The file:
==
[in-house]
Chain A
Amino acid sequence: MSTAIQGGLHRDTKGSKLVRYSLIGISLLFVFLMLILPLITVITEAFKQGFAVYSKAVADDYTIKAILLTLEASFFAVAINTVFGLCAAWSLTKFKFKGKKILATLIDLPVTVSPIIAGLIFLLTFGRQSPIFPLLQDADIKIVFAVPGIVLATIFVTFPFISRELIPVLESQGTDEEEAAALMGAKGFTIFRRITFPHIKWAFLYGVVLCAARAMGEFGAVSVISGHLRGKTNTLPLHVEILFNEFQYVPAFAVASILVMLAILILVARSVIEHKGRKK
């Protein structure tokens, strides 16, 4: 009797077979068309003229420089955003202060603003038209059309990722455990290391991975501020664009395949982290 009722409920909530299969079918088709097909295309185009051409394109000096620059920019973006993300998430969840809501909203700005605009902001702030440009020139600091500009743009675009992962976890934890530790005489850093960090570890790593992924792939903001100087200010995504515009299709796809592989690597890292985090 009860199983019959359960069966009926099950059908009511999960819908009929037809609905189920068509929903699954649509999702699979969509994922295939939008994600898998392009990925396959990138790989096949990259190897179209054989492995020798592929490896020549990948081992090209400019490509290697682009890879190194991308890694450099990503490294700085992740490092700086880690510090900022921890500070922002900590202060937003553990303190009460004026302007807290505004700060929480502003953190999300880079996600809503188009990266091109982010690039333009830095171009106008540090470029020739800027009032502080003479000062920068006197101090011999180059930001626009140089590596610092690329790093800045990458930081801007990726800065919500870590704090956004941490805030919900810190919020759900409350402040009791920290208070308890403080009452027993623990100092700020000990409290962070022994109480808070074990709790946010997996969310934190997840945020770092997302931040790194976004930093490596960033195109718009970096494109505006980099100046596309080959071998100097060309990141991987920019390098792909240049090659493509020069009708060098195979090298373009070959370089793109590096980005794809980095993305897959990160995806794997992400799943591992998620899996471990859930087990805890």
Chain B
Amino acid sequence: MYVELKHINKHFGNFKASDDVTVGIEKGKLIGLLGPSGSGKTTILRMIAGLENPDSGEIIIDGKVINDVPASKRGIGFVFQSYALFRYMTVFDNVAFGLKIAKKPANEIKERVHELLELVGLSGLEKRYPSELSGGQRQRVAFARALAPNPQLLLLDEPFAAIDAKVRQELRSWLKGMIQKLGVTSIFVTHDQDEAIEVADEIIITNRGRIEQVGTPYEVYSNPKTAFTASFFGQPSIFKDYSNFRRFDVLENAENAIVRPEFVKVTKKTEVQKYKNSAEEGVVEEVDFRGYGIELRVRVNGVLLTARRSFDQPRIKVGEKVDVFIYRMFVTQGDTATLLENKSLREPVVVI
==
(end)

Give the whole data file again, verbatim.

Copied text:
[in-house]
Chain A
Amino acid sequence: MSTAIQGGLHRDTKGSKLVRYSLIGISLLFVFLMLILPLITVITEAFKQGFAVYSKAVADDYTIKAILLTLEASFFAVAINTVFGLCAAWSLTKFKFKGKKILATLIDLPVTVSPIIAGLIFLLTFGRQSPIFPLLQDADIKIVFAVPGIVLATIFVTFPFISRELIPVLESQGTDEEEAAALMGAKGFTIFRRITFPHIKWAFLYGVVLCAARAMGEFGAVSVISGHLRGKTNTLPLHVEILFNEFQYVPAFAVASILVMLAILILVARSVIEHKGRKK
């Protein structure tokens, strides 16, 4: 009797077979068309003229420089955003202060603003038209059309990722455990290391991975501020664009395949982290 009722409920909530299969079918088709097909295309185009051409394109000096620059920019973006993300998430969840809501909203700005605009902001702030440009020139600091500009743009675009992962976890934890530790005489850093960090570890790593992924792939903001100087200010995504515009299709796809592989690597890292985090 009860199983019959359960069966009926099950059908009511999960819908009929037809609905189920068509929903699954649509999702699979969509994922295939939008994600898998392009990925396959990138790989096949990259190897179209054989492995020798592929490896020549990948081992090209400019490509290697682009890879190194991308890694450099990503490294700085992740490092700086880690510090900022921890500070922002900590202060937003553990303190009460004026302007807290505004700060929480502003953190999300880079996600809503188009990266091109982010690039333009830095171009106008540090470029020739800027009032502080003479000062920068006197101090011999180059930001626009140089590596610092690329790093800045990458930081801007990726800065919500870590704090956004941490805030919900810190919020759900409350402040009791920290208070308890403080009452027993623990100092700020000990409290962070022994109480808070074990709790946010997996969310934190997840945020770092997302931040790194976004930093490596960033195109718009970096494109505006980099100046596309080959071998100097060309990141991987920019390098792909240049090659493509020069009708060098195979090298373009070959370089793109590096980005794809980095993305897959990160995806794997992400799943591992998620899996471990859930087990805890």
Chain B
Amino acid sequence: MYVELKHINKHFGNFKASDDVTVGIEKGKLIGLLGPSGSGKTTILRMIAGLENPDSGEIIIDGKVINDVPASKRGIGFVFQSYALFRYMTVFDNVAFGLKIAKKPANEIKERVHELLELVGLSGLEKRYPSELSGGQRQRVAFARALAPNPQLLLLDEPFAAIDAKVRQELRSWLKGMIQKLGVTSIFVTHDQDEAIEVADEIIITNRGRIEQVGTPYEVYSNPKTAFTASFFGQPSIFKDYSNFRRFDVLENAENAIVRPEFVKVTKKTEVQKYKNSAEEGVVEEVDFRGYGIELRVRVNGVLLTARRSFDQPRIKVGEKVDVFIYRMFVTQGDTATLLENKSLREPVVVI